There indeed were issues between President and the Prime Minister. For one, Mr Wickremesinghe’s “arrogant style” of functioning was believed to have riled many in his own party, besides upsetting the President. Second, there were the oncoming presidential sweepstakes. Mr Wickeremesinghe’s own presidential ambitions are well known. Now, Mr Sirisena too, despite his earlier protestations, appeared to be having second thoughts on the subject.
Shortly after his election as President, Mr Sirisena had announced — with a touching gesture of self-abnegation so uncommon in politics — that he would not seek a second term as President even though the Constitution permitted it. Possibly, he had made that grand gesture to demonstrate how different he was from his predecessor. For Mr Rajapaksa had the Constitution specially amended to permit himself an unlimited stay at the top as he was close to completing his second term as President. This provision too was repealed and the two-term bar on holding the office of President restored by the new government in 2015.
Since Mr Rajapaksa could not be the President one more time, he had to be satisfied with the post of Prime Minister. So there could be no clash of ambitions between the two leaders. Besides, Mr Sirisena, who does not have much of a mass base, would need Mr Rajapaksa’s help if his presidential ambitions were to be realised. Given the prevailing climate of political uncertainty in Sri Lanka, though, one could never be too sure if these equations would stand the test of Machiavellian politics.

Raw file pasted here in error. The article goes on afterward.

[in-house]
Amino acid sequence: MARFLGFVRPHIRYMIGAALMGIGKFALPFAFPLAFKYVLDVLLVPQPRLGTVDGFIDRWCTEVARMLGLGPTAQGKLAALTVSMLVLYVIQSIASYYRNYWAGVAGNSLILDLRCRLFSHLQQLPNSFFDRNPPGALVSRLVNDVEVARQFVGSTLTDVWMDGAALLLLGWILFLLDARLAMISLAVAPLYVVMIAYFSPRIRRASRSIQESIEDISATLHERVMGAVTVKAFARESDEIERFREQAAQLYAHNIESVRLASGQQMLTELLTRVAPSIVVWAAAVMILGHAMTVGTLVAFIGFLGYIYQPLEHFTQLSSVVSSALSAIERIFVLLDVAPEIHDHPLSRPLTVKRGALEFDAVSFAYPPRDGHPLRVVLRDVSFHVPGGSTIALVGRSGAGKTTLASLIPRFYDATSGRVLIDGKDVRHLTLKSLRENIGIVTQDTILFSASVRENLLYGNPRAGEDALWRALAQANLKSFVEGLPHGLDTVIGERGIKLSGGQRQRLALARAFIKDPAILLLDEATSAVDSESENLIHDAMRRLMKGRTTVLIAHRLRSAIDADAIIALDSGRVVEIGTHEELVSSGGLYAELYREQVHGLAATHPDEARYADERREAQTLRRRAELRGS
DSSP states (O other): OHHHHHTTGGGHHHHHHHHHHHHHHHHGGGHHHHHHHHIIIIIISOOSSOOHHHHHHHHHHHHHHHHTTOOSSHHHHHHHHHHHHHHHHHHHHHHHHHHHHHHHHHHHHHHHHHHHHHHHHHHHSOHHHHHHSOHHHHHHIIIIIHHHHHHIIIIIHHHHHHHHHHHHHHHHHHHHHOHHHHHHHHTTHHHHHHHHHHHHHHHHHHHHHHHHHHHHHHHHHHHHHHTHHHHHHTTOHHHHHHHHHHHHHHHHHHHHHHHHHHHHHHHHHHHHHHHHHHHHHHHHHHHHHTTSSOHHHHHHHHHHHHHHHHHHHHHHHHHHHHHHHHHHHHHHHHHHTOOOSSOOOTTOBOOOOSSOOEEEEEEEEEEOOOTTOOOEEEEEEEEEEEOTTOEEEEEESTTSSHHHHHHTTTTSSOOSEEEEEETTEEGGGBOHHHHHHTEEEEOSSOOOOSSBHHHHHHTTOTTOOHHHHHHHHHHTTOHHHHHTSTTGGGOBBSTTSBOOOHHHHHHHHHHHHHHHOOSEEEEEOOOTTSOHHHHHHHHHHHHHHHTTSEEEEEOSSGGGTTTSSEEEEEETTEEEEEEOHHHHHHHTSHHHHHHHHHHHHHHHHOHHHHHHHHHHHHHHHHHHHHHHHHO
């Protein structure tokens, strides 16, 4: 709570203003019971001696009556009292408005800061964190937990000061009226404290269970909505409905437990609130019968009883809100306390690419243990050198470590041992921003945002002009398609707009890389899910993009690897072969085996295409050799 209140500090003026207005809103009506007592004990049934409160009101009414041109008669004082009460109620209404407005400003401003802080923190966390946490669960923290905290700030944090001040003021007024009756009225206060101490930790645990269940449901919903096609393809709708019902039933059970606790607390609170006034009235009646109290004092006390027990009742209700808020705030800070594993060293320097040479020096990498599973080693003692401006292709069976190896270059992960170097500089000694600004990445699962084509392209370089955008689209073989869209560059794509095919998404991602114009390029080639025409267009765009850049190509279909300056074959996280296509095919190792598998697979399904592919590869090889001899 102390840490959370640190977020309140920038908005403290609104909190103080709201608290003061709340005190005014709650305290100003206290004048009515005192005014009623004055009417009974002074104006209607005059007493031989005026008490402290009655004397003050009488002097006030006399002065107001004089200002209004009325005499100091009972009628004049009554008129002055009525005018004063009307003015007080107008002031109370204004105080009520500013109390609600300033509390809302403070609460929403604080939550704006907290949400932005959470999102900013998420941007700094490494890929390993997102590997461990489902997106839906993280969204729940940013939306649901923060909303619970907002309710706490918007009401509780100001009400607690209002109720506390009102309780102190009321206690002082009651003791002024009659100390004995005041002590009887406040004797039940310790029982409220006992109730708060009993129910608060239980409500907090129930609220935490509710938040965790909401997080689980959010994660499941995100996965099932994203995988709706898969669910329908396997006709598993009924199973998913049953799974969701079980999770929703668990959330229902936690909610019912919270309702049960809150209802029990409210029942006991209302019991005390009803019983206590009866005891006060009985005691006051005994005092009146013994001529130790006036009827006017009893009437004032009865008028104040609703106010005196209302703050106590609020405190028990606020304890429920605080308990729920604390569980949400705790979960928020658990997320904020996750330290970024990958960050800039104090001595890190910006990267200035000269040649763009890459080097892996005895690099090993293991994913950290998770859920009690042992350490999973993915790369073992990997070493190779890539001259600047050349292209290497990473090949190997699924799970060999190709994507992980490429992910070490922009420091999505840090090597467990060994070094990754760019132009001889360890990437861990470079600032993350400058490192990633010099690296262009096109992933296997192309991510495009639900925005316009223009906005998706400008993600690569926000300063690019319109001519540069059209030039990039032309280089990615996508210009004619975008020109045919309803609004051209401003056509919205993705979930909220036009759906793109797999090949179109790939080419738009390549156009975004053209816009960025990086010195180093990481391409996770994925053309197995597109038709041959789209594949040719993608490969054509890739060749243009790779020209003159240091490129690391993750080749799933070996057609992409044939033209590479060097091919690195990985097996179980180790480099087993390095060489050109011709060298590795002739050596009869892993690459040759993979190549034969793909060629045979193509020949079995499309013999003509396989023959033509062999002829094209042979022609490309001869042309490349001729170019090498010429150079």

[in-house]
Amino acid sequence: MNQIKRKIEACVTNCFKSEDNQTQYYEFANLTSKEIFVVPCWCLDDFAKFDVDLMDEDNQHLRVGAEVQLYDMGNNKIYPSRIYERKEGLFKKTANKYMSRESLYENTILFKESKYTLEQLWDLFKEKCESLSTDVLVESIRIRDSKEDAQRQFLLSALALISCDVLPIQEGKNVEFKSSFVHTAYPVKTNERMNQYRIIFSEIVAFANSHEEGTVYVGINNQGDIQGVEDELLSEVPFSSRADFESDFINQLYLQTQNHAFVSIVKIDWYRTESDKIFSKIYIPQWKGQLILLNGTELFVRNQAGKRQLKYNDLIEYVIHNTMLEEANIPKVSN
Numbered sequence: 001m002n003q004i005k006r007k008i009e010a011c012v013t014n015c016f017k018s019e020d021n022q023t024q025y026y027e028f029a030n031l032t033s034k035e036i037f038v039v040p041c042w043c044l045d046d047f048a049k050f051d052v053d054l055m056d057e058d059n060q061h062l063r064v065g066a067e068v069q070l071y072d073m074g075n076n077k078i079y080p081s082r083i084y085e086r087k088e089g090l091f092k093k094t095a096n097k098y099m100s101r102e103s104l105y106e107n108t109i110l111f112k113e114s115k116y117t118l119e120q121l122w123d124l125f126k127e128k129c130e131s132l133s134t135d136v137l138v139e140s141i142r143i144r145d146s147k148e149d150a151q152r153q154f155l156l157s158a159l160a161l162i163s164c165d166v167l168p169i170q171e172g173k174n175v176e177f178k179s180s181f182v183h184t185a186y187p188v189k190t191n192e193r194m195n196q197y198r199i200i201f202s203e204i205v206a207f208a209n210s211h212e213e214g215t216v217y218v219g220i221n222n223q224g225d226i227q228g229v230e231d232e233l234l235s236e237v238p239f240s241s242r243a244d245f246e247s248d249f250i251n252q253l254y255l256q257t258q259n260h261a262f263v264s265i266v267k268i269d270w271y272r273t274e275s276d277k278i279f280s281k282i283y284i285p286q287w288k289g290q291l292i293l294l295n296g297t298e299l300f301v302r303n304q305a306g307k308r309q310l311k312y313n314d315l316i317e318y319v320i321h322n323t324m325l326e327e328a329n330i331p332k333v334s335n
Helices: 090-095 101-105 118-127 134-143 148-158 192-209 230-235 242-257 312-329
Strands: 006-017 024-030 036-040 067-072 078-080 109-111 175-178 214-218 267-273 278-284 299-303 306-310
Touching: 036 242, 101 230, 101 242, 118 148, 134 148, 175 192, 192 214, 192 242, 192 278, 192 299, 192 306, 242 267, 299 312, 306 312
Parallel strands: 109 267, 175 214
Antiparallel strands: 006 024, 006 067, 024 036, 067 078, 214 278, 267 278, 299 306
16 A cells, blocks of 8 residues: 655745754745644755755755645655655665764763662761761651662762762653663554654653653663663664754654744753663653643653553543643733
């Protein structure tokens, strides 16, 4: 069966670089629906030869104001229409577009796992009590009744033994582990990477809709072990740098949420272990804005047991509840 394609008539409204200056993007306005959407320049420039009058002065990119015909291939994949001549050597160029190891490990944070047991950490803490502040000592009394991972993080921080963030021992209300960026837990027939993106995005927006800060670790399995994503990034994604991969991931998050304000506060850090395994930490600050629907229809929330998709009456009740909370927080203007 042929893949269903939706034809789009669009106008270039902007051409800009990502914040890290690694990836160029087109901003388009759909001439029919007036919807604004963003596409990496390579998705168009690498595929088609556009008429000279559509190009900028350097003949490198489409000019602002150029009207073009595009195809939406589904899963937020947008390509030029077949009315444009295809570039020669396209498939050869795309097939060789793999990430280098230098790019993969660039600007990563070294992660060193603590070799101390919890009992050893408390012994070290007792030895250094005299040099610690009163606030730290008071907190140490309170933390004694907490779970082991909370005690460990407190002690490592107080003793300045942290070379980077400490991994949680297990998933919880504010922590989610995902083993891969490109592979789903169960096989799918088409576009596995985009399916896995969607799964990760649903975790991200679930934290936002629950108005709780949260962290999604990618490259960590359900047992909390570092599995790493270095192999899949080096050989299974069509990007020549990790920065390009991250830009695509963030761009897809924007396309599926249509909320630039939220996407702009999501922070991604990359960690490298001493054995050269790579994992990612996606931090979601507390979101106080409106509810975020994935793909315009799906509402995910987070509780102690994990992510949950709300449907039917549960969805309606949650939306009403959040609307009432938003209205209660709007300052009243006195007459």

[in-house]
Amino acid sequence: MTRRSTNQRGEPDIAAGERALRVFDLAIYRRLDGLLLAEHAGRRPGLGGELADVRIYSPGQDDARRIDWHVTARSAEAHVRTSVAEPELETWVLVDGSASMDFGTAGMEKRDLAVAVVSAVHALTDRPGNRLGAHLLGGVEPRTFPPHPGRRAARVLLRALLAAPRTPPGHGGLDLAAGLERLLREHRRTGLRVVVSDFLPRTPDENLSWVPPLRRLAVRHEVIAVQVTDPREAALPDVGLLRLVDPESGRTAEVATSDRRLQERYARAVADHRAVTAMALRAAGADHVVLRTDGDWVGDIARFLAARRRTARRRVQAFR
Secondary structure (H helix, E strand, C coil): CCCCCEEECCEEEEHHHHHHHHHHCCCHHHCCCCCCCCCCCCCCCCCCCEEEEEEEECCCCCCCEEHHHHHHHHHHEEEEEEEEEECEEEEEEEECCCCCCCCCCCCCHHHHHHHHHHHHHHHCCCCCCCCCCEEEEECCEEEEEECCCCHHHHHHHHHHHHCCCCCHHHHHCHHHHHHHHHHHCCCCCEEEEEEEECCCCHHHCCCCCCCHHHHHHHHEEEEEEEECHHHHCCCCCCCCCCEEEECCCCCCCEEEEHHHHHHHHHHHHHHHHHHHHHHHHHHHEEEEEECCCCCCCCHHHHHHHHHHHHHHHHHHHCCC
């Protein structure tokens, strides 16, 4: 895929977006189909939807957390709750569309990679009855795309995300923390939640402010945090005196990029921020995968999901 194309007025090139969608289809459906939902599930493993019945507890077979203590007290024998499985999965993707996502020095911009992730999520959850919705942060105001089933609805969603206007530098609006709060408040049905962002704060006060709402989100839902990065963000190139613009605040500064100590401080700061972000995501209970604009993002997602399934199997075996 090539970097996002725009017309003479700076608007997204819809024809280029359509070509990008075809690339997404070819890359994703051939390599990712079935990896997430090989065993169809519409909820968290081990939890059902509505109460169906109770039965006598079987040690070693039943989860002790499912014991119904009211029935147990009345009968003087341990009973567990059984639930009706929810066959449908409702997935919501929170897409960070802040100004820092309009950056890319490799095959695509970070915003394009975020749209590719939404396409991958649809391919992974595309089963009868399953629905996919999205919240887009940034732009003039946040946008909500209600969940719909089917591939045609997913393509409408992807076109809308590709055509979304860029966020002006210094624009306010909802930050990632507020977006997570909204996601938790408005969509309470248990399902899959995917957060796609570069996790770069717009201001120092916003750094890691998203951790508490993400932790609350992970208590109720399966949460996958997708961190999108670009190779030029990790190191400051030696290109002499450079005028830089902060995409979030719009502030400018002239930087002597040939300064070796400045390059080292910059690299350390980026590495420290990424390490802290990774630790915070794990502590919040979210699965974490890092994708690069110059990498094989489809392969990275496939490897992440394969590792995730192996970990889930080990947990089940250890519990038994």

But the real elephant in the room was China. Mr Rajapaksa is known to be close to the Chinese. It was during his presidency that the Chinese footprint in Sri Lanka increased to an unprecedented level. Nobody seemed to mind if, in the process, Sri Lanka had gone neck-deep into debt. The handing out of the strategically vital Hambantota port on a 99-year lease to the Chinese too was a consequence of the same indebtedness. So it came as no surprise when the Chinese ambassador became the first — and only — member of the diplomatic corps in Colombo to call on Mr Rajapaksa shortly after he was made the Prime Minister.
President Sirisena’s charge of an Indian-backed assassination plot against him — somewhat clumsily denied later — was part of the same backroom drama. As Mr Rajapaksa was appointed Prime Minister, many observers of the Sri Lankan scene saw it as a temporary aberration that would self-correct itself when Parliament met a few weeks later. That didn’t happen. Instead, the stakes were raised further as President Sirisena indicated that he would quit the presidency if Mr Wickremesinghe were to return as Prime Minister. The question that still hung in the Colombo air was: how would a President, who was not prepared to accept an adverse vote in Parliament, react if he has to face an adverse vote at the hustings in January? Meanwhile, as Parliament met on November 14, the House endorsed a confidence motion in Mr Wickremesinghe as Prime Minister.
That, on the face of it, should have settled the issue. But those who know Mr Rajapaksa would know that he is no quitter, and the President is in no mood to relent. From all indications, readers would be entitled to expect more climaxes and anticlimaxes to follow in the political theatre that started from the President’s office three weeks earlier.